The Public Health Service has updated the 1994 guidelines for the use of zidovudine (Retrovir) to reduce the risk for perinatal transmission of human immunodeficiency virus (HIV). The new report is intended to help health care professionals educate pregnant women with HIV infection about the use of zidovudine and other antiretroviral drugs during pregnancy. The report was published in the January 30, 1998, issue of Morbidity and Mortality Weekly Report recommendations and reports series (MMWR Morb Mortal Wkly Rep 1998;[RR-2]:1–30).
The guidelines contain background information; considerations and general principles regarding the use of antiretroviral drugs during pregnancy; recommendations for antiretroviral chemoprophylaxis to reduce perinatal HIV transmission; recommendations for monitoring women and their infants; and a discussion of future research needs. The report also includes four clinical scenarios describing various circumstances that commonly occur in clinical practice (see table) and the factors influencing treatment considerations.
|HIV-infected pregnant women who have not received prior antiretroviral therapy.||HIV-infected pregnant women must receive standard clinical, immunologic and virologic evaluation. Recommendations for initiation and choice of antiretroviral therapy should be based on the same parameters used for persons who are not pregnant, although the known and unknown risks and benefits of such therapy during pregnancy must be considered and discussed.|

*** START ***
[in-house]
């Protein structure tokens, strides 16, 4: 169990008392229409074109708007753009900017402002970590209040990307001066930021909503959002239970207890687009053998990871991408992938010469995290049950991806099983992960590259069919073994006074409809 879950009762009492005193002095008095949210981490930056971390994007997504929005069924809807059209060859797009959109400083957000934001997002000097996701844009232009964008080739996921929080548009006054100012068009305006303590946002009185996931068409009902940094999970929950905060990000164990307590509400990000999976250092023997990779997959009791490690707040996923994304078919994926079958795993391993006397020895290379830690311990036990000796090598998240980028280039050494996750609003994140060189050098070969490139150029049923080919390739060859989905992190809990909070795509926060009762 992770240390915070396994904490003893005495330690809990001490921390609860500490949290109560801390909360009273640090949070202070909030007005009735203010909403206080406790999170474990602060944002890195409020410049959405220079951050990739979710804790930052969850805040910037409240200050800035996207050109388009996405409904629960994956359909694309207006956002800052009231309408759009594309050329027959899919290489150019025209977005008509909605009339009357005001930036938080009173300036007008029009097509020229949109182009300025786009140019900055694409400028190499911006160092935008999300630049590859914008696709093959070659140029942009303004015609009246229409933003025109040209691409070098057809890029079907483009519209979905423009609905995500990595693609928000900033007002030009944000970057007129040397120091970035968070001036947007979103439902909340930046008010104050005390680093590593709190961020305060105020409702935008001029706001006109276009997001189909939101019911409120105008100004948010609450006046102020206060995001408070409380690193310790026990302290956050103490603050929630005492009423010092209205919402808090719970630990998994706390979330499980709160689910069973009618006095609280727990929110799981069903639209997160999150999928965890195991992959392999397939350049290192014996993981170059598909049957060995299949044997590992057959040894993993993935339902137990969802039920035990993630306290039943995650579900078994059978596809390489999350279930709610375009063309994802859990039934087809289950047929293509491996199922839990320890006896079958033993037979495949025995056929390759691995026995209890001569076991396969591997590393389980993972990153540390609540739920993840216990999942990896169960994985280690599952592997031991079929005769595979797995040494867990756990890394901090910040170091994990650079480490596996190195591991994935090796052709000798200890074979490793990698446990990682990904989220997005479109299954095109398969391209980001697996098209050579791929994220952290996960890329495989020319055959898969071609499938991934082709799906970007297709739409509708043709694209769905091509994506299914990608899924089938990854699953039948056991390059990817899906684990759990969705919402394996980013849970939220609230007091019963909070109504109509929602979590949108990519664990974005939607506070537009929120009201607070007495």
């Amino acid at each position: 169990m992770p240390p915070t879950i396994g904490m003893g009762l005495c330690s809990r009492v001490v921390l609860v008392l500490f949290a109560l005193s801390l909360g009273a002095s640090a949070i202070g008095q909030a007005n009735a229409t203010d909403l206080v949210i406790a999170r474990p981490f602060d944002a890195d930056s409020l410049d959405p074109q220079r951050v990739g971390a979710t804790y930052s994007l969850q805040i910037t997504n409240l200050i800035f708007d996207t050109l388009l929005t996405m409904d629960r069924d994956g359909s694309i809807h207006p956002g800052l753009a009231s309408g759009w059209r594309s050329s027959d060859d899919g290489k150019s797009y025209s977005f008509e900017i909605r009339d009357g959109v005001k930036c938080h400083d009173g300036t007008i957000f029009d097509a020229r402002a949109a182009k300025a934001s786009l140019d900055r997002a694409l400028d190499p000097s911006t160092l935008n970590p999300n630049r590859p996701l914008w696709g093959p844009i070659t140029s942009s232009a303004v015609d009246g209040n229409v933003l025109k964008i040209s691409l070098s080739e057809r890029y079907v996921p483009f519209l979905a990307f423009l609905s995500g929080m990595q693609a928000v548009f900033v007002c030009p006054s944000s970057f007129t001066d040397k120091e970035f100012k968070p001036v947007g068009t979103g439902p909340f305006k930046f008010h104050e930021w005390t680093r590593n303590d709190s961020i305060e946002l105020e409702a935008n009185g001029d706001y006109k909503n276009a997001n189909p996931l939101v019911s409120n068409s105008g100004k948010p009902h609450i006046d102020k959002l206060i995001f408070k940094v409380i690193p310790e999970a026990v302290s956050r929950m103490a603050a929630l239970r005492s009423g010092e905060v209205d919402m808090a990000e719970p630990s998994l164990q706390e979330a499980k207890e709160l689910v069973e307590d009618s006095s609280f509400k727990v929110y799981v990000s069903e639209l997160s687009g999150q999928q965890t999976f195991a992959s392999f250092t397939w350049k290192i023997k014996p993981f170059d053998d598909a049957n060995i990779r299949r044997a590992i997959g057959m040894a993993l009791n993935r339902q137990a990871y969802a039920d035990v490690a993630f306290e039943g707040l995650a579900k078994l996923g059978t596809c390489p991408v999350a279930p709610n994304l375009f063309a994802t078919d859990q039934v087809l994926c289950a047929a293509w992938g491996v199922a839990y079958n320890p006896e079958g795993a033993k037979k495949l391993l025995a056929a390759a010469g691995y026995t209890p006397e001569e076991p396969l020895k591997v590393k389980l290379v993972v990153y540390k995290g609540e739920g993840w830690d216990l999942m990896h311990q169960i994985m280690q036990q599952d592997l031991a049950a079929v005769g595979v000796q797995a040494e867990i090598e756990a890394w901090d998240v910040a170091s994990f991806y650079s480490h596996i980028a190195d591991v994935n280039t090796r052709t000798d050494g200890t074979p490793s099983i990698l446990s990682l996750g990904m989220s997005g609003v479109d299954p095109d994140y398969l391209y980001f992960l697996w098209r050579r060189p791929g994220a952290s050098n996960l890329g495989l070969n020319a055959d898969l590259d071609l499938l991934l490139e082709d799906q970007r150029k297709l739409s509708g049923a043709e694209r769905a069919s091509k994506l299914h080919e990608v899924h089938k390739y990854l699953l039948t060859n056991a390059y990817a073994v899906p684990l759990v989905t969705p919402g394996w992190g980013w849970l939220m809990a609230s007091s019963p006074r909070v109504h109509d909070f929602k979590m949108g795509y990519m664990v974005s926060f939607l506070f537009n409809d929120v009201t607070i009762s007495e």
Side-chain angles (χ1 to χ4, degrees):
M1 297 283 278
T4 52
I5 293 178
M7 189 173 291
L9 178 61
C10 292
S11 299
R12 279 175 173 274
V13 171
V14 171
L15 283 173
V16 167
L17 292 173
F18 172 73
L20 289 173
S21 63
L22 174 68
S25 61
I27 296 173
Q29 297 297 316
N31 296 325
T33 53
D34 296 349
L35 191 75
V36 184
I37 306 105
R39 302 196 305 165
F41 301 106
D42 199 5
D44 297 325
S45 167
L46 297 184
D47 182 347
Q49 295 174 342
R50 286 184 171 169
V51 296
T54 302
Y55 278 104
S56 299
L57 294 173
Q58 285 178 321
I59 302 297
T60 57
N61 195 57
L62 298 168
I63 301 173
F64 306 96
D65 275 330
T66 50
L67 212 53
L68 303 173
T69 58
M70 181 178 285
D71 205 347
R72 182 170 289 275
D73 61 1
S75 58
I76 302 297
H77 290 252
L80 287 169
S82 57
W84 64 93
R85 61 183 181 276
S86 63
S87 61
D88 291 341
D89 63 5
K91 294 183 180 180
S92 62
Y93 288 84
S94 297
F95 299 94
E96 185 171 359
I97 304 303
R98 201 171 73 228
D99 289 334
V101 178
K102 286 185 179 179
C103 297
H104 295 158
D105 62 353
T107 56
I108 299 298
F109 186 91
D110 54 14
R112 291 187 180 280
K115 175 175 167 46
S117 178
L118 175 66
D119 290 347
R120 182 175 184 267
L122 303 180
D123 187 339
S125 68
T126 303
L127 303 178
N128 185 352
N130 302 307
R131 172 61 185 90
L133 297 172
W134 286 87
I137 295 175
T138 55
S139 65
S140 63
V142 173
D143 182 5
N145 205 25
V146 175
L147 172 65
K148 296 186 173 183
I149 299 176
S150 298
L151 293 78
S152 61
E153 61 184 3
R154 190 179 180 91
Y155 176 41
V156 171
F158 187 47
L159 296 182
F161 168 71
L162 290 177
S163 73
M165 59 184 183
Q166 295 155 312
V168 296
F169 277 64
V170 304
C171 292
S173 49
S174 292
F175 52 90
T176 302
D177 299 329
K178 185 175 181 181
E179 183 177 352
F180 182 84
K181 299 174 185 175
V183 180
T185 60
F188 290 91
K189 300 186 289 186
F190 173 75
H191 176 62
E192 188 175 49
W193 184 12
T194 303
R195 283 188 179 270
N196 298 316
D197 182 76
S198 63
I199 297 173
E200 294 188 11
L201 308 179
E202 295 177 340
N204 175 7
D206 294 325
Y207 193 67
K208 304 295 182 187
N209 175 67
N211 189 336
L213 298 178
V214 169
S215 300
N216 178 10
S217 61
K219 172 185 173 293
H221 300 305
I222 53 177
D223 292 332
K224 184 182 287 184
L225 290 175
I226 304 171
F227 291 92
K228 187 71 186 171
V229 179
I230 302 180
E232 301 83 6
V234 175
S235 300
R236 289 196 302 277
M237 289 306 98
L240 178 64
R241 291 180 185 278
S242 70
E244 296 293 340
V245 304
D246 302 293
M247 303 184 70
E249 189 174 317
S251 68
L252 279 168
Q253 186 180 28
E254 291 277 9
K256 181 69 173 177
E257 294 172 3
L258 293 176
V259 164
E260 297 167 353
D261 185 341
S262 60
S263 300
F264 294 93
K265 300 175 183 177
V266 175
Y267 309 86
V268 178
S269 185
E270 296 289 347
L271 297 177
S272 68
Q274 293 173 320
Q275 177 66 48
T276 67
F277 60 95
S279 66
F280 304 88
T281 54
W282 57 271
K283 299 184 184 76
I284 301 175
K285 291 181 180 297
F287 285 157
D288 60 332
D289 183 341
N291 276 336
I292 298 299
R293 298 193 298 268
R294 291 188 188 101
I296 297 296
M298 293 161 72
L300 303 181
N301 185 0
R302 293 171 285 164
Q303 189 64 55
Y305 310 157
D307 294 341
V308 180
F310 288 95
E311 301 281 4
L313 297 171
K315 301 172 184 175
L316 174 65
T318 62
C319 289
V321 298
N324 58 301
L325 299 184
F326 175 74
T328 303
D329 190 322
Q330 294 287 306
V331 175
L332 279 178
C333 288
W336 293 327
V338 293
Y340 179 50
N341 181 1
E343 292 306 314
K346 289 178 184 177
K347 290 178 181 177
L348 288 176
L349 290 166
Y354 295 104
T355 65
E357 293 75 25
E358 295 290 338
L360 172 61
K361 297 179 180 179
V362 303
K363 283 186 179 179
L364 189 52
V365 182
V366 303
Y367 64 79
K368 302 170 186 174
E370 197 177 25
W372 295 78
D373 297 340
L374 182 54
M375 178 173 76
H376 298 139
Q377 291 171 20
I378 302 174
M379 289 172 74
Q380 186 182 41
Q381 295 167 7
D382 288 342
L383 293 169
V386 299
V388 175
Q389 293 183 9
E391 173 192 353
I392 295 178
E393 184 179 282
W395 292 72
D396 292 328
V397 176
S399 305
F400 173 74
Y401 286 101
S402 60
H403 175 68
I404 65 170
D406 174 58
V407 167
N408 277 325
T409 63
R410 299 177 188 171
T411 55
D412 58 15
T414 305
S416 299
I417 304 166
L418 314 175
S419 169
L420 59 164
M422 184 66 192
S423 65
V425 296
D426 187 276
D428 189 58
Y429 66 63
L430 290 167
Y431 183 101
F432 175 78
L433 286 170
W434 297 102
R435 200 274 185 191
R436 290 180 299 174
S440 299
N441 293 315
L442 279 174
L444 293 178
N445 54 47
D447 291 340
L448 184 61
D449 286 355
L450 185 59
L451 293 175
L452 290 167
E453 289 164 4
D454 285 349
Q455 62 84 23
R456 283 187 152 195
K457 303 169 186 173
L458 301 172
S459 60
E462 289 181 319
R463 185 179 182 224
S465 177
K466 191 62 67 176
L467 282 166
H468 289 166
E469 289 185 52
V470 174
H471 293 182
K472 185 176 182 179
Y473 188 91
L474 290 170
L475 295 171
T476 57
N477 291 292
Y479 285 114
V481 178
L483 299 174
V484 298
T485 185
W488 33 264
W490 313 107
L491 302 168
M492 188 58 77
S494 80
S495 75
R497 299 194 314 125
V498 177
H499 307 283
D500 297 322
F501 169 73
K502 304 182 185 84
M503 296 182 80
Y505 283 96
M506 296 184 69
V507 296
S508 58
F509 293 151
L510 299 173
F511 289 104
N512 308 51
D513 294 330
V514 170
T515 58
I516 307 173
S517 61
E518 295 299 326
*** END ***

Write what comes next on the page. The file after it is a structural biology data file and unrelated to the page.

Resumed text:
|The three-part ZDV chemoprophylaxis regimen should be recommended for all HIV-infected pregnant women to reduce the risk for perinatal transmission.|
|The combination of ZDV chemoprophylaxis with additional antiretroviral drugs for treatment of HIV infection should be (a) discussed with the woman; (b) recommended for infected women whose clinical, immunologic and virologic status indicates the need for treatment; and (c) offered to other infected women (although in the latter circumstance, it is not known if the combination of antenatal ZDV chemoprophylaxis with other antiretroviral drugs will provide additional benefits or risks for the infant).|
|Women who are in the first trimester of pregnancy may consider delaying initiation of therapy until after10 to 12 weeks of gestation.|
|HIV-infected women receiving antiretroviral therapy during the current pregnancy.||HIV-infected women receiving antiretroviral therapy in whom pregnancy is identified after the first trimester should continue therapy.|
|For women receiving antiretroviral therapy in whom pregnancy is recognized during the first trimester, the woman should be counseled regarding the benefits and potential risks of antiretroviral administration during this period, and continuation of therapy should be considered.|
|If therapy is discontinued during the first trimester, all drugs should be stopped and reintroduced simultaneously to avoid the development of resistance.|